Augsburg Creates New Critical Race and Ethnicity Studies Department

Citlaly Escobar, Opinions Editor, and Taiwana Shambley, Executive Editor

A group of students, staff and faculty convened an informal working group in November 2019 to organize what would soon become the Department of Critical Race and Ethnicity Studies (CRES) at Augsburg University.

On June 4th, in the aftermath of the murder of George Floyd by the hands of Minneapolis police, the CRES working group made their official demand to President Pribbenow and Provost Kaivola for the immediate creation of the Department of Critical Race and Ethnicity Studies. The coalition felt that the murder of George Floyd made the need for this department an urgent matter as it would ensure a generational commitment by the university to provide resources and opportunities for students of color. On June 9th, during a virtual Town Hall, President Pribbenow announced the university’s commitment to the immediate creation of the Department of Critical Race and Ethnicity Studies.

This working group was inspired by the various racial justice initiatives that Augsburg committed to over the summer. Its work is an extension of the anti-racist Honors Program initiative by Honors students in 2018-2019 that led to greater Augsburg reforms. Per documents retrieved from the archives of former Augsburg president Oscar Anderson’s office, this work is also a continuation of the 1968 One Day in May campaign where students sent the president a 10-point list of “recommendations” which included a similar model of “minority” centered history and literature curriculum. The CRES working group’s efforts follow a long tradition of Augsburg students demanding a department where they can pursue rigorous scholarship about their cultures, histories and political developments.

The Department of Critical Race and Ethnicity Studies will be rooted in the tradition of ethnic studies, an interdisciplinary field that studies the various racial and ethnic groups in the United States. The aim of ethnic studies is to empower students to analyze the ways in which ethnicity and race affect the construction of the United States and learn strategies for pursuing their liberation.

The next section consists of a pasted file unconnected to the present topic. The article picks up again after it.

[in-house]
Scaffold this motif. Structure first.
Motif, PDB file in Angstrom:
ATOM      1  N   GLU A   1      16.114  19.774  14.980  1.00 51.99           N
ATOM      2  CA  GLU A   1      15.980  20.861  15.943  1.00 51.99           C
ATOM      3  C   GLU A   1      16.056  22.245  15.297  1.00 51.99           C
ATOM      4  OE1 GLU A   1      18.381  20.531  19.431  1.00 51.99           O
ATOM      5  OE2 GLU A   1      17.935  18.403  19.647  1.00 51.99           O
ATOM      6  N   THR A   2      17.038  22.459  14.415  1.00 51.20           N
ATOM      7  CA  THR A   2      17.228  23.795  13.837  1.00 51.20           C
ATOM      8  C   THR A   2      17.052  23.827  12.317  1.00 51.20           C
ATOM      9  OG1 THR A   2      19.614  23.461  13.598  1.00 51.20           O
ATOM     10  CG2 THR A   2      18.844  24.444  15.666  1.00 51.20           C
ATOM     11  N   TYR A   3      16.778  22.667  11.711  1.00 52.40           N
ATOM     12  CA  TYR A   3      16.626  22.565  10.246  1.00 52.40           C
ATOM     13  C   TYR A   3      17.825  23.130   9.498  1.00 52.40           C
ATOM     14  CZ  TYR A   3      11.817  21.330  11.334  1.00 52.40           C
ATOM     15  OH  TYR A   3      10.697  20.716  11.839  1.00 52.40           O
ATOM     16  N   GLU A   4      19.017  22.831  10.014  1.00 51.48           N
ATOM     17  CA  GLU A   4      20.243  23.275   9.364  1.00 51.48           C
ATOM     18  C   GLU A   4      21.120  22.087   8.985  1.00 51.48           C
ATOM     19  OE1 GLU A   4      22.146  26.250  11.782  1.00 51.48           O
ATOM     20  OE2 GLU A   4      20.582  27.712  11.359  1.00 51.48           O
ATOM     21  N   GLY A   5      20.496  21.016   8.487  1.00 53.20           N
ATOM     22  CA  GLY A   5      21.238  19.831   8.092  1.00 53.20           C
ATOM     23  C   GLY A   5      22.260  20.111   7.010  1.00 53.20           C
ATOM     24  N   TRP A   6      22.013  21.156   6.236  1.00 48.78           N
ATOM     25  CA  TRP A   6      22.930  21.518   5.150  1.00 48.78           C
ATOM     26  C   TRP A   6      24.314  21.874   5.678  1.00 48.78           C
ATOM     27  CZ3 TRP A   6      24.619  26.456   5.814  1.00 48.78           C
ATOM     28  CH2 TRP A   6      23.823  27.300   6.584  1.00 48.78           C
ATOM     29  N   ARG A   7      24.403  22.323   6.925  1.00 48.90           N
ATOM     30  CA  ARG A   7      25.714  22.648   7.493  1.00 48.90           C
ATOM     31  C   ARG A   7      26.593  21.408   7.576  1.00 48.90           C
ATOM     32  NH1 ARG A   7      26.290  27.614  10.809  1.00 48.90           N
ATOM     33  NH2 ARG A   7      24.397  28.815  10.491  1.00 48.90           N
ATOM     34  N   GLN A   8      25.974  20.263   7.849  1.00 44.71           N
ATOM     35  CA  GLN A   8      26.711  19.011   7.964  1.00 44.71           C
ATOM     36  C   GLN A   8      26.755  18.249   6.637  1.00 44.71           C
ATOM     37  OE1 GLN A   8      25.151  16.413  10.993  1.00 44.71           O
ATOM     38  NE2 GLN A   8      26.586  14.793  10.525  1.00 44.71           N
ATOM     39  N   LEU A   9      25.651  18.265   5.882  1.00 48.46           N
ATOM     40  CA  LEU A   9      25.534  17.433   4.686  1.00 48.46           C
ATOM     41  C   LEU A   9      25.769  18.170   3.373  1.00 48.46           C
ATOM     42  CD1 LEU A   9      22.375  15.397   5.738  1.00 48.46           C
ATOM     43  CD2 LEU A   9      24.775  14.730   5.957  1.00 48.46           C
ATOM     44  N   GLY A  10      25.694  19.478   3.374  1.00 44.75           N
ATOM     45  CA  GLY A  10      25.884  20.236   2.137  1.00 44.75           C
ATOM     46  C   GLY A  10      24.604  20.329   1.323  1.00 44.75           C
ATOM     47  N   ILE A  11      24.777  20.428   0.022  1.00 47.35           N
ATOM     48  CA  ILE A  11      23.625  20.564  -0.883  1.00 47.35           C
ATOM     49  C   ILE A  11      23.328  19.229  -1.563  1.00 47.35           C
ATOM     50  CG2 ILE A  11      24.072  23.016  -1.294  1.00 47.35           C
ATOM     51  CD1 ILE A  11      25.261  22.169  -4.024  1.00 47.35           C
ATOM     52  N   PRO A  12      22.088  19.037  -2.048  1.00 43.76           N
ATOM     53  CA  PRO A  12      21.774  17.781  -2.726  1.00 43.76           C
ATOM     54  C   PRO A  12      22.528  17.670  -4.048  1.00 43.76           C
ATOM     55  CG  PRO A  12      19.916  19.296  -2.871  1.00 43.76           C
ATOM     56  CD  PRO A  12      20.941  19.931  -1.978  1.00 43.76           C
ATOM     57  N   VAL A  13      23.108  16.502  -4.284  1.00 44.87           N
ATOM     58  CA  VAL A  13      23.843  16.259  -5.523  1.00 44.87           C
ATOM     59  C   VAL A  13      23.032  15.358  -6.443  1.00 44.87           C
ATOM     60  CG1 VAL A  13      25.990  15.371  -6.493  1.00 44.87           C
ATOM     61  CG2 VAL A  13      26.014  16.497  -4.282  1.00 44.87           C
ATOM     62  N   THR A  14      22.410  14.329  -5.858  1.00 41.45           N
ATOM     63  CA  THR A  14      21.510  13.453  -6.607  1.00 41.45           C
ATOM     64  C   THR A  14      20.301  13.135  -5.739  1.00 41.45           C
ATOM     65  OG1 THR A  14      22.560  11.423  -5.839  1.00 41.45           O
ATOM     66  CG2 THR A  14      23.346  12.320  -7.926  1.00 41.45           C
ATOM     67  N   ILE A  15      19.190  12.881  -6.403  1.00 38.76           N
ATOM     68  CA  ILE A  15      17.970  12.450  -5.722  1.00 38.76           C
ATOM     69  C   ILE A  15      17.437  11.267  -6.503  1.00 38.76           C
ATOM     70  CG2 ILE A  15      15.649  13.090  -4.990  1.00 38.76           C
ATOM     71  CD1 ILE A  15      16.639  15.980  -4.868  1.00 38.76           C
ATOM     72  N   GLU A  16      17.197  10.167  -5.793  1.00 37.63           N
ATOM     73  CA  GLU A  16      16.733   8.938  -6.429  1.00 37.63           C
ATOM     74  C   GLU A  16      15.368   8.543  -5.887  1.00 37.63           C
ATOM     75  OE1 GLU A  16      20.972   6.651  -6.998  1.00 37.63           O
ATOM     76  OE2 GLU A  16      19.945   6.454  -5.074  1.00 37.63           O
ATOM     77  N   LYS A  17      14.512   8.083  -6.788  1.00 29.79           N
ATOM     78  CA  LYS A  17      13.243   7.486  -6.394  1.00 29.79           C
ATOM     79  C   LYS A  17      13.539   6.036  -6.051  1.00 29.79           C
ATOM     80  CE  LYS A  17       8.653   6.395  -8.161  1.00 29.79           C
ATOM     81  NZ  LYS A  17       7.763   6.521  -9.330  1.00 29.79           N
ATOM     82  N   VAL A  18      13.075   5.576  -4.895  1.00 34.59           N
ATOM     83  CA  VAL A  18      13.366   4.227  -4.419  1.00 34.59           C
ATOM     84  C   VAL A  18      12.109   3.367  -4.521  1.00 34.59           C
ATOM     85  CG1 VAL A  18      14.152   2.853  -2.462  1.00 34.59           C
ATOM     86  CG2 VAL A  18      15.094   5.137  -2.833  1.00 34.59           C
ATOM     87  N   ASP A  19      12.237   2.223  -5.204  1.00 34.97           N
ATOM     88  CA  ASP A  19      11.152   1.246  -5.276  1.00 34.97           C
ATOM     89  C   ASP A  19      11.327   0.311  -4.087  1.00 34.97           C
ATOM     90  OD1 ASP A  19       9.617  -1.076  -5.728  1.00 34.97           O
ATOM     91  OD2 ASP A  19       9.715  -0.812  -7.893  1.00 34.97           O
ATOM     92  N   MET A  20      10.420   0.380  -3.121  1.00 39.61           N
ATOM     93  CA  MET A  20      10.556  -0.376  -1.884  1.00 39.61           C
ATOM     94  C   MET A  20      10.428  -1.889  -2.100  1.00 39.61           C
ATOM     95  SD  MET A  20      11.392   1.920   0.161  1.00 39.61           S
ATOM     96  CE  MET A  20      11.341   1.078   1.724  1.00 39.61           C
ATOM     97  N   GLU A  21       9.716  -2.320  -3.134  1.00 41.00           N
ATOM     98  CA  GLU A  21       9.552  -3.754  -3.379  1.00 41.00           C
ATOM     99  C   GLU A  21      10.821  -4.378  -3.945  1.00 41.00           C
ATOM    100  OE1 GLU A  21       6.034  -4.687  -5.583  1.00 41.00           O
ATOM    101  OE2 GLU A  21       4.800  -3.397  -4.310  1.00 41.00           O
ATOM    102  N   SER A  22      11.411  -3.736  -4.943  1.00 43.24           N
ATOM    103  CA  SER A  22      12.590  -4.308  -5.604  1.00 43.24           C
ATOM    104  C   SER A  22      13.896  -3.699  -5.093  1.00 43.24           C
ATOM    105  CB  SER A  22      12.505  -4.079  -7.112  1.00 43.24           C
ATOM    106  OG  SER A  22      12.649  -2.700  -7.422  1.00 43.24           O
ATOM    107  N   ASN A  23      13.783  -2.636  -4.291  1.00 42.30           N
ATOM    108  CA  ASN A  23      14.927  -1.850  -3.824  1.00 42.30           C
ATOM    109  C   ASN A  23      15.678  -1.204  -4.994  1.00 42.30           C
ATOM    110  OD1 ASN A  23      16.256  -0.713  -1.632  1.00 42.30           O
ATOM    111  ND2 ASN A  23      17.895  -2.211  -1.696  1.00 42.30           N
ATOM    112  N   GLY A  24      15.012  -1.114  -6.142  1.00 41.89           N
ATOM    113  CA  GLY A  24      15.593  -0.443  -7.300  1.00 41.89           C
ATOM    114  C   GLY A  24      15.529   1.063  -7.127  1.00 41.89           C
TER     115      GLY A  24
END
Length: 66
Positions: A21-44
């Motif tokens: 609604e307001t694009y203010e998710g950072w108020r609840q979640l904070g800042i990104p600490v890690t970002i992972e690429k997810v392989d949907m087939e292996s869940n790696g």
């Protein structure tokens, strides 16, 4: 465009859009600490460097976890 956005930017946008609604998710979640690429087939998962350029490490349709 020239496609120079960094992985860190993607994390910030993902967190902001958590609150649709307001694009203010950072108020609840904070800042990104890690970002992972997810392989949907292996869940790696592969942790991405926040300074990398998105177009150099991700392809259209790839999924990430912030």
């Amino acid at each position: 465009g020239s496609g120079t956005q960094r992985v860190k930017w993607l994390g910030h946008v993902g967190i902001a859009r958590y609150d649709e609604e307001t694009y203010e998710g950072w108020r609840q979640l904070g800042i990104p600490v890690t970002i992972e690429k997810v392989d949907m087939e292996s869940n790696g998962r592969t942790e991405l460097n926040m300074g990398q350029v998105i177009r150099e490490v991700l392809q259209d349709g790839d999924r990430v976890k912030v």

Historically, the struggle for ethnic studies developed out of the 1960s civil rights movements across the nation. Students of color demanded curriculums that highlighted their communities’ experiences, as the historical narratives of the time emphasized the societies of Western European communities and Anglo-Saxon white voices. In the classroom, the experiences and contributions of communities of color were discussed only in relationship to the colonization of these communities, if they were mentioned at all. Students from every area of education worked in coalition to demand new curriculums that holistically described the communities in which they come.

The Department of Critical Race and Ethnicity Studies is on track to be fully implemented by Fall 2021, according to proposals approved by the administration. It will have a major and minor in Critical Race and Ethnicity with concentrations in Asian American Studies, Latine/x Studies and Africana Studies. This department will be taught by five new faculty of color who are accredited in this field, three of which have been approved to be hired by Fall 2021. It will work closely with other departments at Augsburg, such as American Indian Studies, but necessitates its own structural independence as CRES’ core analysis is rooted in the distinct interdisciplinary field of ethnic studies. 

Kay Carvajal Moran, a sophomore and member of the CRES working group, believes in the importance of this department. “As a student I dream of a department where I can learn about my hxstory. Where I can learn a little bit about my ancestors and their legacies that are forgotten and never mentioned in hxstory books. I want to be able to have courses that are about latinx studies… And I want other students to feel the same way, where they feel like they are represented, where their history is being taught.”

If you are a student and have any desire to get involved please contact the authors of this article at and